At the beginning of Jesus High Priestly prayer in John 17, of Himself He declares, "you have given him authority over ALL FLESH, to give eternal life to ALL whom you have GIVEN HIM." (v.2) This statement is universal in His authority over all flesh and particular in that He refers specifically to those the Father has given Him out of all flesh. He does not give eternal life to some of those the Father has given him but to ALL He has given Him. He further prays, "I am not praying for the world but for those whom you have GIVEN ME, for they are yours" (John 17:9).
In the context of John 17, the persons He prays for (those the Father has given him) are the same ones which he sanctifies. He prays, "And for their sake I consecrate myself, that they also may be sanctified in truth." (V 18). His consecrating of himself is referring specifically to his atoning act for them. Sanctification is a redemptive work. He makes a clear distinction of those He prays for and those He does not before going to the cross for them. When he speaks later of all those who believe in Him through the apostles teaching he also refers to them as those the Father has "given him" (v.24), so, in addition to the "all flesh" cited in verse 2, they are also included among them in this verse. A recurring pattern is demonstrated here and in other parts of the gospel of John is that the "giving" of the Father precedes their coming to faith in Him
So in the context itself Jesus plainly teaches that he is praying for and sanctifying those the Father has given Him, and them only. He does not sanctify any but those He prays for.
John 17 is not the only place Jesus speaks this way. In John chapter 6 Jesus also discusses those the Father has given Him. And the context of of Jesus giving Himself as the "bread of life" is not for Jews only, as some oddly attempt to claim. He declares (and I quote) "For the bread of God is he who comes down from heaven and gives life to the WORLD.” - John 6:33. The world here is not referring exclusively to Jews. The context of the entire passage is faith and eternal life to any who come to Him. He declares, "whoever comes to me shall not hunger, and whoever believes in me shall never thirst." (v 35) So "coming" to Christ and "believing" in him are synonymous in this passage. And he declares ALL, not some, but all that the Father gives to him will come to him (i.e believe in him) v 17. Notice, without question, the Father giving them to the Son precedes their coming to faith in Him.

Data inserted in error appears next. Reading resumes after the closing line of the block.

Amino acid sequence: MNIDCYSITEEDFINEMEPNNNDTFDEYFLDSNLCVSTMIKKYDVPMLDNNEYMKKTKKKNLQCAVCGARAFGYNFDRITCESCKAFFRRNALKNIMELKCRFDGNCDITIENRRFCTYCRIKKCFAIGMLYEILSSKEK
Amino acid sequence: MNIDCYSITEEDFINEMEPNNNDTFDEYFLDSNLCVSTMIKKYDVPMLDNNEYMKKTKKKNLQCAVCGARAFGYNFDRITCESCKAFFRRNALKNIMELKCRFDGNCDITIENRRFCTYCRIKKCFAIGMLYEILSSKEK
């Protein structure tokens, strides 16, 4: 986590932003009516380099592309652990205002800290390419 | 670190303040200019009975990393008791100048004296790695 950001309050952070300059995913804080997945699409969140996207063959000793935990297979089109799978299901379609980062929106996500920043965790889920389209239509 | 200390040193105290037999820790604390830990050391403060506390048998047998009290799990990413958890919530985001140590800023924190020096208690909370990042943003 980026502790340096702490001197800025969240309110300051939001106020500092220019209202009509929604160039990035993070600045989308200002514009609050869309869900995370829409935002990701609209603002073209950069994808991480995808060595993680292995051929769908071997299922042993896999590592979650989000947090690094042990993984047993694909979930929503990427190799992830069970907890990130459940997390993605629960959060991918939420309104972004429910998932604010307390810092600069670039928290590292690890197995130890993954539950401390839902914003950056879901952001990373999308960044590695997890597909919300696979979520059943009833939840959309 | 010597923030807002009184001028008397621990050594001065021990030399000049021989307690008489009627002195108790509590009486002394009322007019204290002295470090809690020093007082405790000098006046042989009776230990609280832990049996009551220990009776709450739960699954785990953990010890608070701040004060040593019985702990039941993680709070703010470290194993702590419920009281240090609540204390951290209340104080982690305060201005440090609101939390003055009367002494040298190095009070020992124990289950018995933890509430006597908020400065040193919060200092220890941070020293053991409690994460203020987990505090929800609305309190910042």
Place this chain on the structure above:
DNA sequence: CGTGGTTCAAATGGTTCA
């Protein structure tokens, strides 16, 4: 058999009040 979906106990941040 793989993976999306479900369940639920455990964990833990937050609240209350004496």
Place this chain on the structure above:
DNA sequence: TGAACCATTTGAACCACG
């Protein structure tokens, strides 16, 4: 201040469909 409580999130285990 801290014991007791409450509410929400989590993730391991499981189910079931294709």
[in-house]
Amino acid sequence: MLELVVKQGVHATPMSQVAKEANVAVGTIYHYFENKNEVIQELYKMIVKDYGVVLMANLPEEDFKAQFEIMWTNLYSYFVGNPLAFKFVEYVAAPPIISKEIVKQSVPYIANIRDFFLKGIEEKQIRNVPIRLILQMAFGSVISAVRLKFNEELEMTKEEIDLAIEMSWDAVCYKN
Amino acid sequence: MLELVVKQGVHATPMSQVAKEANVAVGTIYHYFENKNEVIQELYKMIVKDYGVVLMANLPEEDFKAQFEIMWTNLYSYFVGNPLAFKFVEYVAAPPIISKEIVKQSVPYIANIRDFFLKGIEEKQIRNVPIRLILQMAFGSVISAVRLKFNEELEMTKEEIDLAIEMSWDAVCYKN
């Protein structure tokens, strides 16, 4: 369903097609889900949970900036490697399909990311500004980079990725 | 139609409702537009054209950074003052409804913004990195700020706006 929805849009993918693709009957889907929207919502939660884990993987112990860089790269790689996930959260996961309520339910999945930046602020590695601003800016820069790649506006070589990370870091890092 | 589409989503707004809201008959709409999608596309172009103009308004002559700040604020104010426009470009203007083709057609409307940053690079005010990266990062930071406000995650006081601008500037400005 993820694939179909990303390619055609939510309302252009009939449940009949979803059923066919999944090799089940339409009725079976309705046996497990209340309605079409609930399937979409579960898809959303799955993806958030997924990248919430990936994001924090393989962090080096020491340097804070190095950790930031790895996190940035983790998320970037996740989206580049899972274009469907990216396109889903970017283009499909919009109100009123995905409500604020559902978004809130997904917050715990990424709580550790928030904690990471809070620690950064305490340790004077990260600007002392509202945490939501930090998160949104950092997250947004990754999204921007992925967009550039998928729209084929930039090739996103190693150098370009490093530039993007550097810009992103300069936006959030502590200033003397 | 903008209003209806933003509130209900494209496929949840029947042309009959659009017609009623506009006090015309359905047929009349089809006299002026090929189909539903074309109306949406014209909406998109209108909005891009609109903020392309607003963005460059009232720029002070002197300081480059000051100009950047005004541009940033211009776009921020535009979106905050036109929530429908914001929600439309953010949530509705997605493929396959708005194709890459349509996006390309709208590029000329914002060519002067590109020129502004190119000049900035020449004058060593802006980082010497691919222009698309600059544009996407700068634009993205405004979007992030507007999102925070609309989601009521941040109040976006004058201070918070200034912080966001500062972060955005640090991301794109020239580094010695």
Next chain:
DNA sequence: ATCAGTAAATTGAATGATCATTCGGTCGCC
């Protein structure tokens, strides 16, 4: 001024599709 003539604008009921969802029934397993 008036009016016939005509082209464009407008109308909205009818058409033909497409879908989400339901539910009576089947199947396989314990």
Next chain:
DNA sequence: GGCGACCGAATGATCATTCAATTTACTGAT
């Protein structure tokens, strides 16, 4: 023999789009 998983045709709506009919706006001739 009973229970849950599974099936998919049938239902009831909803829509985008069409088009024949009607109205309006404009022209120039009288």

(QUOTE) "All that the Father gives me will come to me, and whoever comes to me I will never cast out. For I have come down from heaven, not to do my own will but the will of him who sent me. And this is the will of him who sent me, that I should lose nothing of all that he has given me, but raise it up on the last day." John 6:37-39
Jesus will lose nothing of those the Father has given him out of the world.
Who is the "they" that Jesus "sanctifies" in John 17:19? (see 17 v. 9 & 24)
Is the "sanctification" of "those the Father has given him" part of Jesus redemptive work? Or is it non-redemptive?
If Christ begins our sanctification, will He infallibly bring it to pass? (See John 6:37b)